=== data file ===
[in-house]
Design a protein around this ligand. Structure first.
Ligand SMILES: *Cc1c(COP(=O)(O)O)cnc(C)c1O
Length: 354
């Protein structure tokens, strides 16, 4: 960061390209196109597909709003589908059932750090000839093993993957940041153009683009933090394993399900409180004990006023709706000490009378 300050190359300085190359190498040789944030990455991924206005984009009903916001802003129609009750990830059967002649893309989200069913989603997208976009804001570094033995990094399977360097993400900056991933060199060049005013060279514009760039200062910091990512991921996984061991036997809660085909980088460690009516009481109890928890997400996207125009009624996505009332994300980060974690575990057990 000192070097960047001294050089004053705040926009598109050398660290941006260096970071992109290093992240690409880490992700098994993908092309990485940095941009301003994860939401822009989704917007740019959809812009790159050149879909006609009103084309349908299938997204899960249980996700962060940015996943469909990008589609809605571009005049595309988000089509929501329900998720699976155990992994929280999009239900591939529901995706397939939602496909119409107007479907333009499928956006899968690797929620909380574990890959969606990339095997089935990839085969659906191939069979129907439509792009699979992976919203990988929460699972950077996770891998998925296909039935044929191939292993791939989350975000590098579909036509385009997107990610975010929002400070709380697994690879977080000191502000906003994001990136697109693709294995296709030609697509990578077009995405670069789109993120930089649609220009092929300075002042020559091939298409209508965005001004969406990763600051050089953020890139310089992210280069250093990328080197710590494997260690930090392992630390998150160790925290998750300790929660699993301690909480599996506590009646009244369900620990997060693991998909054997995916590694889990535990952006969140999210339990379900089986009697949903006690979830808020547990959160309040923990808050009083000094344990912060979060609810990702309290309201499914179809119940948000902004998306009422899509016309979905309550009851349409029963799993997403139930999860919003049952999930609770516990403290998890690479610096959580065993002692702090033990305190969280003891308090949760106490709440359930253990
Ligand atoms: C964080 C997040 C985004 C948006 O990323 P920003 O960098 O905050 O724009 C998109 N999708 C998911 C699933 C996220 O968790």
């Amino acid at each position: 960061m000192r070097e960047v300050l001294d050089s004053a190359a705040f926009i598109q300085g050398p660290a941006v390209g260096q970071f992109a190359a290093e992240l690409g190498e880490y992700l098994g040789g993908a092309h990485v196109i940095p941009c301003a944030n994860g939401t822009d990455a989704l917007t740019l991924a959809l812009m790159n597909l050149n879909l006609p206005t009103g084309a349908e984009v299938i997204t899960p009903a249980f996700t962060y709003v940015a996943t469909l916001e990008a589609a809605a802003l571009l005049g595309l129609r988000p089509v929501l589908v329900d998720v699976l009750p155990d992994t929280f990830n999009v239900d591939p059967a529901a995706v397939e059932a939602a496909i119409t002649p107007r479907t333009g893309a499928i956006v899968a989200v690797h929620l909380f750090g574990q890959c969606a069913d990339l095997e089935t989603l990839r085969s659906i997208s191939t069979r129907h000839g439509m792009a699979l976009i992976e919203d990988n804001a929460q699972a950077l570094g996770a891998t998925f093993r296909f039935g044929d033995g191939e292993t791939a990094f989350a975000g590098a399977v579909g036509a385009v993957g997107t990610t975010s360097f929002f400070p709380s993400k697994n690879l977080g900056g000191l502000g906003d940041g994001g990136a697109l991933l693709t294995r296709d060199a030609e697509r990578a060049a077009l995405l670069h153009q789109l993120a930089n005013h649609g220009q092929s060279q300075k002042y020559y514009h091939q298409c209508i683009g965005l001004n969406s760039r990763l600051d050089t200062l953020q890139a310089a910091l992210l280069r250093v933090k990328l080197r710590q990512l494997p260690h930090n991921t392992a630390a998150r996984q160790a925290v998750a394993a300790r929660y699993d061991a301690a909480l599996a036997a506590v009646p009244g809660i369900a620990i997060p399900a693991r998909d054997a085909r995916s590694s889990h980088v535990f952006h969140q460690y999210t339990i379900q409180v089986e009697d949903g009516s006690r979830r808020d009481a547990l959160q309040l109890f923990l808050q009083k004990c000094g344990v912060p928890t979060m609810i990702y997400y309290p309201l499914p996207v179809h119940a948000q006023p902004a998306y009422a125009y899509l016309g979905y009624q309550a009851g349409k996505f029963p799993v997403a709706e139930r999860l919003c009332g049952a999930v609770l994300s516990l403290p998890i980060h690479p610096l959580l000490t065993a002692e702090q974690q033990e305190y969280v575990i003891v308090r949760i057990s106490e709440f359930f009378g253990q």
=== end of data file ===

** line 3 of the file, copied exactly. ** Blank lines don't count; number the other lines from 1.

Ligand SMILES: *Cc1c(COP(=O)(O)O)cnc(C)c1O